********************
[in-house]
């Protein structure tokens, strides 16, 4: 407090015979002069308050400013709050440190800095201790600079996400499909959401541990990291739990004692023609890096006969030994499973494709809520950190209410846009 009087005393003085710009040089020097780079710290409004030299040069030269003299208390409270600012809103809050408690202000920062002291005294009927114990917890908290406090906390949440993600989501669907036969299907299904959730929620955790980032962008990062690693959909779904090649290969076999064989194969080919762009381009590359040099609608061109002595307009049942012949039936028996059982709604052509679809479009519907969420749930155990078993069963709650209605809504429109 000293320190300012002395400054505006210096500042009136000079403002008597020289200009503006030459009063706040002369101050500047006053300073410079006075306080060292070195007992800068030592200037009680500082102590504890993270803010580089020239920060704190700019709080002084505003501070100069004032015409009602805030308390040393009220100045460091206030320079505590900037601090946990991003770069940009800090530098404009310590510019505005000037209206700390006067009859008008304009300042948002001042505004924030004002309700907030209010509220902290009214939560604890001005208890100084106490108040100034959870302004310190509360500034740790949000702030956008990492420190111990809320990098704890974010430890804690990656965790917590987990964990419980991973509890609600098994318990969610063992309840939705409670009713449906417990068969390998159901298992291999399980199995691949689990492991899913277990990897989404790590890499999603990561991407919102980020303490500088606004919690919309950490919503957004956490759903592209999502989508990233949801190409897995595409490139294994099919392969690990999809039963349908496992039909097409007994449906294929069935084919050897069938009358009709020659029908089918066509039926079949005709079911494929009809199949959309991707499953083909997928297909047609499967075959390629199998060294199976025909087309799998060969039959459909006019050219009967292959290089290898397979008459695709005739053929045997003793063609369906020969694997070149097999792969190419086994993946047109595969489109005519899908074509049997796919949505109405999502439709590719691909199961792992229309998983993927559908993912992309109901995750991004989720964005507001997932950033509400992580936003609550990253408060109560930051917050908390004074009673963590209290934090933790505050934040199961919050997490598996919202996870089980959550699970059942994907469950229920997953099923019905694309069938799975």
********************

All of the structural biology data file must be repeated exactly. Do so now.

[in-house]
């Protein structure tokens, strides 16, 4: 407090015979002069308050400013709050440190800095201790600079996400499909959401541990990291739990004692023609890096006969030994499973494709809520950190209410846009 009087005393003085710009040089020097780079710290409004030299040069030269003299208390409270600012809103809050408690202000920062002291005294009927114990917890908290406090906390949440993600989501669907036969299907299904959730929620955790980032962008990062690693959909779904090649290969076999064989194969080919762009381009590359040099609608061109002595307009049942012949039936028996059982709604052509679809479009519907969420749930155990078993069963709650209605809504429109 000293320190300012002395400054505006210096500042009136000079403002008597020289200009503006030459009063706040002369101050500047006053300073410079006075306080060292070195007992800068030592200037009680500082102590504890993270803010580089020239920060704190700019709080002084505003501070100069004032015409009602805030308390040393009220100045460091206030320079505590900037601090946990991003770069940009800090530098404009310590510019505005000037209206700390006067009859008008304009300042948002001042505004924030004002309700907030209010509220902290009214939560604890001005208890100084106490108040100034959870302004310190509360500034740790949000702030956008990492420190111990809320990098704890974010430890804690990656965790917590987990964990419980991973509890609600098994318990969610063992309840939705409670009713449906417990068969390998159901298992291999399980199995691949689990492991899913277990990897989404790590890499999603990561991407919102980020303490500088606004919690919309950490919503957004956490759903592209999502989508990233949801190409897995595409490139294994099919392969690990999809039963349908496992039909097409007994449906294929069935084919050897069938009358009709020659029908089918066509039926079949005709079911494929009809199949959309991707499953083909997928297909047609499967075959390629199998060294199976025909087309799998060969039959459909006019050219009967292959290089290898397979008459695709005739053929045997003793063609369906020969694997070149097999792969190419086994993946047109595969489109005519899908074509049997796919949505109405999502439709590719691909199961792992229309998983993927559908993912992309109901995750991004989720964005507001997932950033509400992580936003609550990253408060109560930051917050908390004074009673963590209290934090933790505050934040199961919050997490598996919202996870089980959550699970059942994907469950229920997953099923019905694309069938799975």